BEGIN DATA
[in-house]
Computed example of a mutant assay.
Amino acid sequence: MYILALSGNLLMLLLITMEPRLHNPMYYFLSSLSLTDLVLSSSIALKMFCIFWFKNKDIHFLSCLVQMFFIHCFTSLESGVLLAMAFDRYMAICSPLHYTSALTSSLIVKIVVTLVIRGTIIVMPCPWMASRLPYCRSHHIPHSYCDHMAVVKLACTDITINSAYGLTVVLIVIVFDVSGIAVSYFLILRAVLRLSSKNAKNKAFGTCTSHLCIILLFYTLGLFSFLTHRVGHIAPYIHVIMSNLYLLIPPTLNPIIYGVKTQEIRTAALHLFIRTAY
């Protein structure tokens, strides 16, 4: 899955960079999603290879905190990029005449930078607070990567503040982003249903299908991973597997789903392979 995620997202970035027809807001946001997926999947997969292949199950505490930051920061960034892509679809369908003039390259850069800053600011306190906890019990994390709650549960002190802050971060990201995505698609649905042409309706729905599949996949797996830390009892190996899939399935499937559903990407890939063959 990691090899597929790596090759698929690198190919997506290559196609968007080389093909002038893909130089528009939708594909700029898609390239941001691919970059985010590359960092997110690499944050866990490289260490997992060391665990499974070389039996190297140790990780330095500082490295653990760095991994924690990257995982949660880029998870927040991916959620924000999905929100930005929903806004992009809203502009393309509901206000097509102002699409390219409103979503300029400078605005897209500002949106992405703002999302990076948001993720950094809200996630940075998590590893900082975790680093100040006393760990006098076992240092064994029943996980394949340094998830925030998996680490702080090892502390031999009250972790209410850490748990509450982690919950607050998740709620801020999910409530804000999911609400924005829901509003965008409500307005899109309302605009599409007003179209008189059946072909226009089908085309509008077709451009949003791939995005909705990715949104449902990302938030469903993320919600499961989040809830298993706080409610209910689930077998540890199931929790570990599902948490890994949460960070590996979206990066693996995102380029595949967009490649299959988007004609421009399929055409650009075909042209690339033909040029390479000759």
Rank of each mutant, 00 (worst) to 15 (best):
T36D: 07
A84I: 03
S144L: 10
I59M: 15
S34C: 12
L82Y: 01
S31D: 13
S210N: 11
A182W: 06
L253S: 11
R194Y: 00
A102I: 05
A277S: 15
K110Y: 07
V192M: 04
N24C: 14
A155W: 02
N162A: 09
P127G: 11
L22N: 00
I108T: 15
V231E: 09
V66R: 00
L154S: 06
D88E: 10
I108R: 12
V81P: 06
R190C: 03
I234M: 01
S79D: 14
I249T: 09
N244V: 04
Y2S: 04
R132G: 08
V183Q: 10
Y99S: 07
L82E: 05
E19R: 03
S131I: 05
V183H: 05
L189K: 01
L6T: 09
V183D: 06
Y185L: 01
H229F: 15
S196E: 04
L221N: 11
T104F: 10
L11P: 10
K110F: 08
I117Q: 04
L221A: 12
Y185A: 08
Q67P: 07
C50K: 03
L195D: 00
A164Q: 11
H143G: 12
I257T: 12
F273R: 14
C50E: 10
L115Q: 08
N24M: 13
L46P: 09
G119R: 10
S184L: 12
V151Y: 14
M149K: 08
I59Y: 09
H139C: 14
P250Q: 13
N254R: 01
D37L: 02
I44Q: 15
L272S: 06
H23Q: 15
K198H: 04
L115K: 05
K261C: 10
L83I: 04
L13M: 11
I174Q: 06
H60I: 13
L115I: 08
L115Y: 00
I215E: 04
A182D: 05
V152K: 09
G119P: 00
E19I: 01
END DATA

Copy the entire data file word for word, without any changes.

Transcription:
[in-house]
Computed example of a mutant assay.
Amino acid sequence: MYILALSGNLLMLLLITMEPRLHNPMYYFLSSLSLTDLVLSSSIALKMFCIFWFKNKDIHFLSCLVQMFFIHCFTSLESGVLLAMAFDRYMAICSPLHYTSALTSSLIVKIVVTLVIRGTIIVMPCPWMASRLPYCRSHHIPHSYCDHMAVVKLACTDITINSAYGLTVVLIVIVFDVSGIAVSYFLILRAVLRLSSKNAKNKAFGTCTSHLCIILLFYTLGLFSFLTHRVGHIAPYIHVIMSNLYLLIPPTLNPIIYGVKTQEIRTAALHLFIRTAY
């Protein structure tokens, strides 16, 4: 899955960079999603290879905190990029005449930078607070990567503040982003249903299908991973597997789903392979 995620997202970035027809807001946001997926999947997969292949199950505490930051920061960034892509679809369908003039390259850069800053600011306190906890019990994390709650549960002190802050971060990201995505698609649905042409309706729905599949996949797996830390009892190996899939399935499937559903990407890939063959 990691090899597929790596090759698929690198190919997506290559196609968007080389093909002038893909130089528009939708594909700029898609390239941001691919970059985010590359960092997110690499944050866990490289260490997992060391665990499974070389039996190297140790990780330095500082490295653990760095991994924690990257995982949660880029998870927040991916959620924000999905929100930005929903806004992009809203502009393309509901206000097509102002699409390219409103979503300029400078605005897209500002949106992405703002999302990076948001993720950094809200996630940075998590590893900082975790680093100040006393760990006098076992240092064994029943996980394949340094998830925030998996680490702080090892502390031999009250972790209410850490748990509450982690919950607050998740709620801020999910409530804000999911609400924005829901509003965008409500307005899109309302605009599409007003179209008189059946072909226009089908085309509008077709451009949003791939995005909705990715949104449902990302938030469903993320919600499961989040809830298993706080409610209910689930077998540890199931929790570990599902948490890994949460960070590996979206990066693996995102380029595949967009490649299959988007004609421009399929055409650009075909042209690339033909040029390479000759």
Rank of each mutant, 00 (worst) to 15 (best):
T36D: 07
A84I: 03
S144L: 10
I59M: 15
S34C: 12
L82Y: 01
S31D: 13
S210N: 11
A182W: 06
L253S: 11
R194Y: 00
A102I: 05
A277S: 15
K110Y: 07
V192M: 04
N24C: 14
A155W: 02
N162A: 09
P127G: 11
L22N: 00
I108T: 15
V231E: 09
V66R: 00
L154S: 06
D88E: 10
I108R: 12
V81P: 06
R190C: 03
I234M: 01
S79D: 14
I249T: 09
N244V: 04
Y2S: 04
R132G: 08
V183Q: 10
Y99S: 07
L82E: 05
E19R: 03
S131I: 05
V183H: 05
L189K: 01
L6T: 09
V183D: 06
Y185L: 01
H229F: 15
S196E: 04
L221N: 11
T104F: 10
L11P: 10
K110F: 08
I117Q: 04
L221A: 12
Y185A: 08
Q67P: 07
C50K: 03
L195D: 00
A164Q: 11
H143G: 12
I257T: 12
F273R: 14
C50E: 10
L115Q: 08
N24M: 13
L46P: 09
G119R: 10
S184L: 12
V151Y: 14
M149K: 08
I59Y: 09
H139C: 14
P250Q: 13
N254R: 01
D37L: 02
I44Q: 15
L272S: 06
H23Q: 15
K198H: 04
L115K: 05
K261C: 10
L83I: 04
L13M: 11
I174Q: 06
H60I: 13
L115I: 08
L115Y: 00
I215E: 04
A182D: 05
V152K: 09
G119P: 00
E19I: 01